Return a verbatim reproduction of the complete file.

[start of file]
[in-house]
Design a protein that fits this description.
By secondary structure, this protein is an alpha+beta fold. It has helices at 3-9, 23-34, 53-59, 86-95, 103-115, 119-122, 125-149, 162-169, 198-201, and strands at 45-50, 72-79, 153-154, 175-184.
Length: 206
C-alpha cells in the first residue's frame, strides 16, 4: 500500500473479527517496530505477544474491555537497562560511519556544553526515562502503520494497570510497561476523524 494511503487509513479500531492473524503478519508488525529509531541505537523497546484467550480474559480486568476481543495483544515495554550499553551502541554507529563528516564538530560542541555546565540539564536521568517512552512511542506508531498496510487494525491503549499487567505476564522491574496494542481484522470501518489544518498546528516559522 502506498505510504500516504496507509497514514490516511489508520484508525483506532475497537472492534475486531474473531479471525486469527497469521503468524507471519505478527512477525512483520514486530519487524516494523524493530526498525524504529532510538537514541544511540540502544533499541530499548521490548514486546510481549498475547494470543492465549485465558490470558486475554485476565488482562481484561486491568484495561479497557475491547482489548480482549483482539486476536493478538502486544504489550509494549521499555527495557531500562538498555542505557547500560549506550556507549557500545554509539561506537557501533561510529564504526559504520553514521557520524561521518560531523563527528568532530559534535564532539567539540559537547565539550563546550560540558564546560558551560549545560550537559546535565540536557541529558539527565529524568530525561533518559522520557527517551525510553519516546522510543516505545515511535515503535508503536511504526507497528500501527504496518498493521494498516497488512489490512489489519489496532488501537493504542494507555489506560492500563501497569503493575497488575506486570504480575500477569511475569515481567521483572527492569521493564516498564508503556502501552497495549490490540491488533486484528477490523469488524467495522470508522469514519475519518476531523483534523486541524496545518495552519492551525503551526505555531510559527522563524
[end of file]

[in-house]
Design a protein that fits this description.
By secondary structure, this protein is an alpha+beta fold. It has helices at 3-9, 23-34, 53-59, 86-95, 103-115, 119-122, 125-149, 162-169, 198-201, and strands at 45-50, 72-79, 153-154, 175-184.
Length: 206
C-alpha cells in the first residue's frame, strides 16, 4: 500500500473479527517496530505477544474491555537497562560511519556544553526515562502503520494497570510497561476523524 494511503487509513479500531492473524503478519508488525529509531541505537523497546484467550480474559480486568476481543495483544515495554550499553551502541554507529563528516564538530560542541555546565540539564536521568517512552512511542506508531498496510487494525491503549499487567505476564522491574496494542481484522470501518489544518498546528516559522 502506498505510504500516504496507509497514514490516511489508520484508525483506532475497537472492534475486531474473531479471525486469527497469521503468524507471519505478527512477525512483520514486530519487524516494523524493530526498525524504529532510538537514541544511540540502544533499541530499548521490548514486546510481549498475547494470543492465549485465558490470558486475554485476565488482562481484561486491568484495561479497557475491547482489548480482549483482539486476536493478538502486544504489550509494549521499555527495557531500562538498555542505557547500560549506550556507549557500545554509539561506537557501533561510529564504526559504520553514521557520524561521518560531523563527528568532530559534535564532539567539540559537547565539550563546550560540558564546560558551560549545560550537559546535565540536557541529558539527565529524568530525561533518559522520557527517551525510553519516546522510543516505545515511535515503535508503536511504526507497528500501527504496518498493521494498516497488512489490512489489519489496532488501537493504542494507555489506560492500563501497569503493575497488575506486570504480575500477569511475569515481567521483572527492569521493564516498564508503556502501552497495549490490540491488533486484528477490523469488524467495522470508522469514519475519518476531523483534523486541524496545518495552519492551525503551526505555531510559527522563524